Although this story doesn't specifically involve money, it does help children to understand value and I think it makes a great way to talk about value as a commodity! One of my blogger friends at It Feels Like Chaos shared an anecdote about Trick or Treating that struck a memory with me...
Her blog post included:
Just before it was finally time to go trick-or-treating we went over the rules. You know, rules like:Growing up, that is exactly what we did - we'd come home from Trick or Treating and and dump all of our candy out for Mom and Dad to inspect, then we'd sit there and trade for things we liked or didn't like. One of the advantages of being the oldest was that I had better negotiating skills than my siblings - at least for a while - and I used the theory that if you don't like something it has no value to you, so I should be able to get more of them from you for less... until the year my brother clued in and understood that the candy he didn't like actually had a fair amount of value to me... and he was losing out by not leveraging his own position to get what he wanted... Being able to evaluate and walk away from a bad deal is a huge life lesson. Being able to negotiate into a fair position is an even more important lesson!
You must say thank you and it must be a loud thank you, if I don't hear you from where I'm standing at the street, it doesn't count!
No stepping off a curb into the street without Mommy or Daddy with you.
No eating the candy until Mommy or Daddy have looked at it first!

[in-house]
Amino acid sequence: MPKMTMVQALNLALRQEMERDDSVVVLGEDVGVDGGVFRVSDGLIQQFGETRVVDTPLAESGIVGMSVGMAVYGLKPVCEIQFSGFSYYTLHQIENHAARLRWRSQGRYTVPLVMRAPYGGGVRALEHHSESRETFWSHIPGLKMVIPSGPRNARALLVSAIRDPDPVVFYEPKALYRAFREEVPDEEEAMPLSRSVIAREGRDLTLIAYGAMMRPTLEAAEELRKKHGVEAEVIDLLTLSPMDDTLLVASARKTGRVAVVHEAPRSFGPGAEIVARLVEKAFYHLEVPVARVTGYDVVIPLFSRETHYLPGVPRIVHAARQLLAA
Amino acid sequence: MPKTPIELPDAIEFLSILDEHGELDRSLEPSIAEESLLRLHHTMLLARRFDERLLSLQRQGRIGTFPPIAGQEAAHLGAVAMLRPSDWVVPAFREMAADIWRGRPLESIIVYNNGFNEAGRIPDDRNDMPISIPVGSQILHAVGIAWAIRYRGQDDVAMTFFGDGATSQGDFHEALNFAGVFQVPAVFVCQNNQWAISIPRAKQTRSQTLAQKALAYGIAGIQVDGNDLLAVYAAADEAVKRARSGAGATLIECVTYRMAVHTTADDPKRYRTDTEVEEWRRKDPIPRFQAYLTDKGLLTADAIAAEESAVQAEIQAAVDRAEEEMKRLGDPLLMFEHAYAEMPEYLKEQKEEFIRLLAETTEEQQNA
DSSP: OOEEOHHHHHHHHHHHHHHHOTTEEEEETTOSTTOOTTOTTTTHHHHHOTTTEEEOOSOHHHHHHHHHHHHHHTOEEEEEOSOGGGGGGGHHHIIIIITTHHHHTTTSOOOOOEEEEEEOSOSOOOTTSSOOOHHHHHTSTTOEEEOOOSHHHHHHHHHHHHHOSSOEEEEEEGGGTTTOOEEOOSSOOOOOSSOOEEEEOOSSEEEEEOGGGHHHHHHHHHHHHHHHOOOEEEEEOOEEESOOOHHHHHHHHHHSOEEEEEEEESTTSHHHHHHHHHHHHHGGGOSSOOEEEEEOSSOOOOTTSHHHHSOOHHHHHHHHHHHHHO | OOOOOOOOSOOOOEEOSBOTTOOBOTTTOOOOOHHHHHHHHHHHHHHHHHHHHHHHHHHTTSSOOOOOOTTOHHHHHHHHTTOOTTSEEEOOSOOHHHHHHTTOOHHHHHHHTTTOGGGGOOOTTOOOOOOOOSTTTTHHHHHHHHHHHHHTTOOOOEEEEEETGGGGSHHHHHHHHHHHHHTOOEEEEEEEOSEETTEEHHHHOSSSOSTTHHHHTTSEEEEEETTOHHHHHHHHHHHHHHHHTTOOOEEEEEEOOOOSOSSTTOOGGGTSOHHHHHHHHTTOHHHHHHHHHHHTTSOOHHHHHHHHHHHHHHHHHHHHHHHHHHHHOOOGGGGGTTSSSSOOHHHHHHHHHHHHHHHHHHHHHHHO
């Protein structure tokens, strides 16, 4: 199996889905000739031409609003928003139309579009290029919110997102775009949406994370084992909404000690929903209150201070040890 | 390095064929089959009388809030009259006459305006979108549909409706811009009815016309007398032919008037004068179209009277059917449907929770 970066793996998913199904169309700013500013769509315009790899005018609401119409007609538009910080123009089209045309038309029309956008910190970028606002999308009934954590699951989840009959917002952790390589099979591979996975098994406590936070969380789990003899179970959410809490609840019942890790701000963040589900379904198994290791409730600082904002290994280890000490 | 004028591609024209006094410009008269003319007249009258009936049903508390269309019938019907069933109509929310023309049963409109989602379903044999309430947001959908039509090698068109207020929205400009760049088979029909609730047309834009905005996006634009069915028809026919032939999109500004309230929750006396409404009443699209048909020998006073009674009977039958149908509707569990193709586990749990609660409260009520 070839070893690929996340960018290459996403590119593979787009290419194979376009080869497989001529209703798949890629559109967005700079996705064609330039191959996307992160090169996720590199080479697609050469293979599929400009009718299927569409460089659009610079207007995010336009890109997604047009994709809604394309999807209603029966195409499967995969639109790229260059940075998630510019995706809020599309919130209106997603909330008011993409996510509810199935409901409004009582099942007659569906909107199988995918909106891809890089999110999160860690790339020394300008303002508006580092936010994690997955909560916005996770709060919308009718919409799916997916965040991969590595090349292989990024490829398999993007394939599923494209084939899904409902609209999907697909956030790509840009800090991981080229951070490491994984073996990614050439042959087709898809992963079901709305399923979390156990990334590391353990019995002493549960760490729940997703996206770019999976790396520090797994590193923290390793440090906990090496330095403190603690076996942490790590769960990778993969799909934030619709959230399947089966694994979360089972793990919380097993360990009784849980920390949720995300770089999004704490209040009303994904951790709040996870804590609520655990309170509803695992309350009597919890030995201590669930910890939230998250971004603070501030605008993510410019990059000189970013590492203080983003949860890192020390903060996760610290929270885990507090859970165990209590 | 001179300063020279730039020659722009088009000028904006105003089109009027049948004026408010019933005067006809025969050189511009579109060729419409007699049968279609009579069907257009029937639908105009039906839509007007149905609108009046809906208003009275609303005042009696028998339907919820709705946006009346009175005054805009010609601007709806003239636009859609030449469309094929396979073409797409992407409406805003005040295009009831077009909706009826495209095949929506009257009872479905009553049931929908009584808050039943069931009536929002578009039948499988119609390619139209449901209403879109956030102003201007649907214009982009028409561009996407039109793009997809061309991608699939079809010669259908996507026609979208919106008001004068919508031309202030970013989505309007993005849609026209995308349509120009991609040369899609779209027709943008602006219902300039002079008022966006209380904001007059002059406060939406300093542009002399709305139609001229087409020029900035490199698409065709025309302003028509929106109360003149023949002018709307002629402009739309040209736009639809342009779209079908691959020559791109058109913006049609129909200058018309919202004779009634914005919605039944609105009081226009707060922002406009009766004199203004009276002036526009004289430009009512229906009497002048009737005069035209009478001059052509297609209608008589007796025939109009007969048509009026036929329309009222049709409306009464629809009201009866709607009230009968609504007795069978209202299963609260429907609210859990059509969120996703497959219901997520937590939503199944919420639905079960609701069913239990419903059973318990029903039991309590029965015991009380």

Yeah, we felt a little smug about our parenting, having so well prepped our children.
I knew something was up about 5 houses in when the man giving out candy started laughing at something Little Girl had said, but I was off the porch and couldn't hear what she'd said to make him laugh. Then a couple houses later I heard her say as she looked in a candy bowl that was handed to her to pick from, "Ewwww! No, chocolate is too messy! I don't want that!"
We didn't think to have the rule about not giving a commentary about the candy people were handing out!
Needless to say we had to stop right there and set the clear expectation that, "You do not complain about the kind of candy. You take whatever candy they give you and you say, 'Thank you'. And later at home you may be able to trade with your brothers or sister for different candy."
Life lessons can happen in all kids of settings - teaching kids about sales, negotiation and standing up for themselves in a financial society can be life lessons that will help them to be more financially resourceful adults.
How do you combine teaching financial literacy with other values and lessons? Check out this interesting article about Teaching Children the Value of a Dollar in a Debt-Filled World for another interesting perspective!
Disclaimer: This is a campaign with information sourced from Genworth Financial.